The Affordable Care Act (ACA) ensures that consumers have the right to appeal health insurance plan decisions. This means they are able to ask that the plan reconsider its decision to deny payment for a service or treatment. New rules spell out how plans must handle an appeal (usually called an “internal appeal”). These rules apply to health insurance policies that were first sold or significantly modified after March 23, 2010. These plans are calls non-grandfathered plans. If the plan still denies payment after considering the internal appeal, the law permits a consumer another step. Consumers may choose to have an independent review organization (an outside independent decision-maker) decide whether to uphold or overturn the plan’s decision. This additional check is often referred to as an “external review.”
Rules issued by the U.S. Departments of Health and Human Services (HHS), Treasury, and Labor (DOL) provide for three different ways to process external reviews. In some states, consumers will use their state’s external review process. This method is for states determined by the federal government to have a process that meets the federal standards for consumer protections. Go to http://www.cms.gov/cciio/resources/files/external_appeals.html to see whether a state’s external review process meets our standards.
If the state’s process does not meet the federal consumer protection standards, issuers must use a federally-administered external review process and may choose one of the following external review processes to offer to consumers:
■ The accredited Independent Review Organization (IRO) contracting process or
■ The HHS-Administered Federal External Review Processes.
The federally-administered external review processes apply to denials (called “adverse benefit determinations”) that involve medical judgment (including, but not limited to, those based on the plan’s or issuer’s requirements for medical necessity, appropriateness, health care setting, level of care, or effectiveness of a covered benefit; or its determination that a treatment is experimental or investigational) and rescissions of coverage (whether or not the rescission has any effect on any particular benefit at that time).
The HHS-Administered Federal External Review Process is available at no cost to the health insurance plan, the consumer, or a consumer’s authorized representative. Issuers that elect to use the HHS-Administered Federal External Review Process and consumers whose plan is participating in the HHS-Administered Federal External Review Process, will work with the designated federal contractor which performs all functions of the external review. This contractor is MAXIMUS Federal Services, Inc. (MAXIMUS). MAXIMUS is also providing technical assistance to consumers related to external review requests. For more information, please visit the MAXIMUS website at: www.externalappeal.com - Opens in a new window .
If a health insurance plan denies a benefit or refuses to pay for a service that has already been received, this is called an adverse benefit determination. If a health insurance plan upholds its earlier decision to deny a benefit or payment for a service, this is called a final internal adverse benefit determination.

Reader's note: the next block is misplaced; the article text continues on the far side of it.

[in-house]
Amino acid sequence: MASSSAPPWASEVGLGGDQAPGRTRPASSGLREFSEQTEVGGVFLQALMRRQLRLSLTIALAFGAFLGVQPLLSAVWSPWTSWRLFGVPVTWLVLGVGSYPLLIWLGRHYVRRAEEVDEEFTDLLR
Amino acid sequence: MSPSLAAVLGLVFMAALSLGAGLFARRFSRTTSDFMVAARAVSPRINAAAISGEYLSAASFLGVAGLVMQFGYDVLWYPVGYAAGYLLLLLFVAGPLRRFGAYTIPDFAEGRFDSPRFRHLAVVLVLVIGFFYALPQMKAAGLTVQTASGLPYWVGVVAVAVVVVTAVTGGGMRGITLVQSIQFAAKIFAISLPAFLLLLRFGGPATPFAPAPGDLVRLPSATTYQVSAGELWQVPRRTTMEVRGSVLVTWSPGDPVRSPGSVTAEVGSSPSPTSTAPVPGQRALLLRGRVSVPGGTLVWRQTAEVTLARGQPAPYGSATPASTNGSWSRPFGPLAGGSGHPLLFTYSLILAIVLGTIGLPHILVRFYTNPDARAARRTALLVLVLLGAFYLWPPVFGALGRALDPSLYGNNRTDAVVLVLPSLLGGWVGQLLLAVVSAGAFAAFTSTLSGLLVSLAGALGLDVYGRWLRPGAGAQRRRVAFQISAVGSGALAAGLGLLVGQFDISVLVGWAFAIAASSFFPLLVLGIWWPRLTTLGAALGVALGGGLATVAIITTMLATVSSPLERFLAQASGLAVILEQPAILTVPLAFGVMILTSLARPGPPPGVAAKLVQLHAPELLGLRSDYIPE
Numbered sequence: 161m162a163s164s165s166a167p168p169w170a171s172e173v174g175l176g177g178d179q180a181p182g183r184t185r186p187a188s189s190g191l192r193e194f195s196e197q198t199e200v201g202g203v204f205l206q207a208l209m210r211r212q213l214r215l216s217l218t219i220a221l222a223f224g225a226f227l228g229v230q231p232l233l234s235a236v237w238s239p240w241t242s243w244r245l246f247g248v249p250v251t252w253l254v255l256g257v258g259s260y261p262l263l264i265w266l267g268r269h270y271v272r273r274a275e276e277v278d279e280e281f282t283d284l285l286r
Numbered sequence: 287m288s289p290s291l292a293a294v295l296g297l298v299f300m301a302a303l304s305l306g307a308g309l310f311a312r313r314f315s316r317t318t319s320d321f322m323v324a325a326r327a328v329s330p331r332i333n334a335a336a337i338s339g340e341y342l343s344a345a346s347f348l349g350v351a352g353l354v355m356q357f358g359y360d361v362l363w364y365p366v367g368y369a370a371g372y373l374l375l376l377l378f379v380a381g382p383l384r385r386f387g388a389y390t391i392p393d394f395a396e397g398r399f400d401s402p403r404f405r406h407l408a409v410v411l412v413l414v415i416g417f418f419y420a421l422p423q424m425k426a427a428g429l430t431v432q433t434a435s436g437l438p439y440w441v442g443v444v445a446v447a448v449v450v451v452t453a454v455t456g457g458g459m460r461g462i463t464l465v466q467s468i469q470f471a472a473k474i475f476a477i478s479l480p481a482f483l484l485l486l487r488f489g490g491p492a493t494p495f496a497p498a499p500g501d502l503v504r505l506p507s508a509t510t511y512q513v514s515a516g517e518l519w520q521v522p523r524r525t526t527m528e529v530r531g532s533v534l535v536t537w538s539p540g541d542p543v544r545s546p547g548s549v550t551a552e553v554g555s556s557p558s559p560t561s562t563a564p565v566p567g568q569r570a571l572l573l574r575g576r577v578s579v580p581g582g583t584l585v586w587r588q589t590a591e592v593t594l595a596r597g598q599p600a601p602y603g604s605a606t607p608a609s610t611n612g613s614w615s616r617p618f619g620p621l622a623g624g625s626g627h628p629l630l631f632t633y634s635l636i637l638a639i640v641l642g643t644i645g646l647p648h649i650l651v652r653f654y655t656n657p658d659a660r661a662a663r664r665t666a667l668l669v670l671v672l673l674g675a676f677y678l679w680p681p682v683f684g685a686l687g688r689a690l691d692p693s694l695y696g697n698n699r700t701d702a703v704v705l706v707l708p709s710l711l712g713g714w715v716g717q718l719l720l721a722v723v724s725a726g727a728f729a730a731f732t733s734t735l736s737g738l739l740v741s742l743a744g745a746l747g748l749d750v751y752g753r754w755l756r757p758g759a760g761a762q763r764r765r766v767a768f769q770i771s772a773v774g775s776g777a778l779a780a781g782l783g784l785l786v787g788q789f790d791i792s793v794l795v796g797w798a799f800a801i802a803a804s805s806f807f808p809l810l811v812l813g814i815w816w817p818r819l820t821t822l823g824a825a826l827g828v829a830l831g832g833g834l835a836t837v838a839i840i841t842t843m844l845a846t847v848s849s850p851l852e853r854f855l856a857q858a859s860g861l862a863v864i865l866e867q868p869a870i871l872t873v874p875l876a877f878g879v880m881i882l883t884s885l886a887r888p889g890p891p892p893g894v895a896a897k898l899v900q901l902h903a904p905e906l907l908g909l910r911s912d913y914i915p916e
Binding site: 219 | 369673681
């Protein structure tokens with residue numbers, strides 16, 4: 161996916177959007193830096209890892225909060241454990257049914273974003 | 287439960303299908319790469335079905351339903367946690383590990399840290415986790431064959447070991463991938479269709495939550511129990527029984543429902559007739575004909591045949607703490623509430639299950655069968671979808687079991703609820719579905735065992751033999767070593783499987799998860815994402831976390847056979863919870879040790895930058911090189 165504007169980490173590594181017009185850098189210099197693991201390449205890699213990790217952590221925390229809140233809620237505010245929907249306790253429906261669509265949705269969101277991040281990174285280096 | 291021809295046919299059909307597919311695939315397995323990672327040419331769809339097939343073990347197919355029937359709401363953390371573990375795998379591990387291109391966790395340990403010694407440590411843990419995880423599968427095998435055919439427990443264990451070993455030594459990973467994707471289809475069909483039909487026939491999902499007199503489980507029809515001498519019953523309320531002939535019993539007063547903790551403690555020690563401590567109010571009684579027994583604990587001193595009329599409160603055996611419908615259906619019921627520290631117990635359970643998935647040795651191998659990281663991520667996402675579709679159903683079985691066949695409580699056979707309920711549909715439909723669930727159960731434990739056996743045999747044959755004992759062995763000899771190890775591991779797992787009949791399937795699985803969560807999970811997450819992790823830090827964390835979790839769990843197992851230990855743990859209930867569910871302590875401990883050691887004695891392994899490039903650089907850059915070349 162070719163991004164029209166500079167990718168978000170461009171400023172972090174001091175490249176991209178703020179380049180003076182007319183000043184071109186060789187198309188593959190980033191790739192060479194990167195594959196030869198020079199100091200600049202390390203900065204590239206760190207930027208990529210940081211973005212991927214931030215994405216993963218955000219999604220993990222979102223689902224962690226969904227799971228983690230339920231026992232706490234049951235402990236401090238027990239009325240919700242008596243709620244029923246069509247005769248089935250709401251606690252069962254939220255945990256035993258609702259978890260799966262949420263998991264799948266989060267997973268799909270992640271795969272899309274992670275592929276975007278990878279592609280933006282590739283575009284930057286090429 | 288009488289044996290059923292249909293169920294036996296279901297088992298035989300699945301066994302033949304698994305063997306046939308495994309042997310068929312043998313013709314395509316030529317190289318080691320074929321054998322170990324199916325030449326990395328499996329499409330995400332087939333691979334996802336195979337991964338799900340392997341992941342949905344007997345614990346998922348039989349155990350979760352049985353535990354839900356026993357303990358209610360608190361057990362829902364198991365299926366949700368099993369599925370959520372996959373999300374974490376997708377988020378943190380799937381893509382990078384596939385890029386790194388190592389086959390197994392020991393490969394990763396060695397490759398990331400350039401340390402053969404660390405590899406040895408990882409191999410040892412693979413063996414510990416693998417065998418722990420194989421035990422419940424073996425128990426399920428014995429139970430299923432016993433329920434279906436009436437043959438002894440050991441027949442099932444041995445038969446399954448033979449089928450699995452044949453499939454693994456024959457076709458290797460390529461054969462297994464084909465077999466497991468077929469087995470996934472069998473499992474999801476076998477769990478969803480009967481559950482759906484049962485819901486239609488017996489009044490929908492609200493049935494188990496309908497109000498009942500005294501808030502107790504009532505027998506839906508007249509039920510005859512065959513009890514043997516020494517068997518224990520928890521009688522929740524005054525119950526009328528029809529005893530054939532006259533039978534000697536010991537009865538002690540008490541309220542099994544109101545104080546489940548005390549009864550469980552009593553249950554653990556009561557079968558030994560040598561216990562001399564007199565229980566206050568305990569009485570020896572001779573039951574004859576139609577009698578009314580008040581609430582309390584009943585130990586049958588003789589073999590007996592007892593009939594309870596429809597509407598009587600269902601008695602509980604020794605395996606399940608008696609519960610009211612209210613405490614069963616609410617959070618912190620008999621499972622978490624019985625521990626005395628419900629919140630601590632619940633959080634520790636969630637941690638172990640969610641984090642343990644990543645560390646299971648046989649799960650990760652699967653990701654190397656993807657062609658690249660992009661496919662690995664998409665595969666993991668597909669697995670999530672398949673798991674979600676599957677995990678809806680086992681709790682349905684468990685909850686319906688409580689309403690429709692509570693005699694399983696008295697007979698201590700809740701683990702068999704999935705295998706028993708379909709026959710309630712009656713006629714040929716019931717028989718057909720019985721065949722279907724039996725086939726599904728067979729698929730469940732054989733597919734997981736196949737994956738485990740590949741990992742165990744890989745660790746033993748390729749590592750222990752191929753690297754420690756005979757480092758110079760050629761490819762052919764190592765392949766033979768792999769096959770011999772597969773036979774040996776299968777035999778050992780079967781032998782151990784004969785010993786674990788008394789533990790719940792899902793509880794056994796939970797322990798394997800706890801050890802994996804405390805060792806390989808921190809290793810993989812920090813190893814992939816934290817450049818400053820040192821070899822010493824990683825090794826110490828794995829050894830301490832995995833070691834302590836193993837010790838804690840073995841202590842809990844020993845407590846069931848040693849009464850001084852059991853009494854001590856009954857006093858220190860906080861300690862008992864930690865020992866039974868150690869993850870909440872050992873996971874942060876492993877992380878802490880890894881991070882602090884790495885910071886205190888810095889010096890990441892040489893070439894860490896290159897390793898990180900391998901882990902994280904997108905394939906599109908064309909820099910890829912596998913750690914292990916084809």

Consumers may ask for an external review of a final internal adverse benefit determination. In some instances, consumers may ask for an external review when the initial denial (adverse benefit determination) is made.
A consumer or their authorized representative (called the “claimant”) may file a written request for an external review.
A consumer may file a request with MAXIMUS within four months after the date of receipt of a notice of an adverse benefit determination or final internal adverse benefit determination. Consumer may send requests by mail, facsimile, or email. In the near future, they will be able to file a request through a secure, online portal.
After MAXIMUS receives an external review request, MAXIMUS contacts the health insurance issuer. The issuer must provide all documents and information related to the denial to the MAXIMUS within five business days.
Claimants may also submit any additional information they want MAXIMUS to consider during the external review.
MAXIMUS will review all of the information and documents that are submitted on time.
For a standard external review, the MAXIMUS examiner must provide written notice of the final external review decision as expeditiously as possible and no later than 45 days after the examiner receives the request for the external review. Claimants will receive external review determinations in writing.
For urgent care situations, claimants may file an expedited external review for either an adverse benefit determination or a final internal adverse benefit determination if:
For an expedited external review, the MAXIMUS examiner must provide notice of the final external review decision as expeditiously as the medical circumstances require and within 72 hours once the examiner receives the request for the external review. MAXIMUS must deliver the notice of final external review decision to the claimant and the health insurance issuer. This notice can be initially provided orally but must be followed up in writing within 48 hours.
If you are a consumer, health insurance issuer, or health care provider interested in learning more about the HHS-Administered Federal External Review Process, please visit the CMS External Appeals web page at: http://www.cms.gov/cciio/Programs-and-Initiatives/Consumer-Support-and-Information/External-Appeals.html or call toll-free at 1-888-866-6205.
Health insurance issuers may also wish to contact MAXIMUS directly at: email@example.com.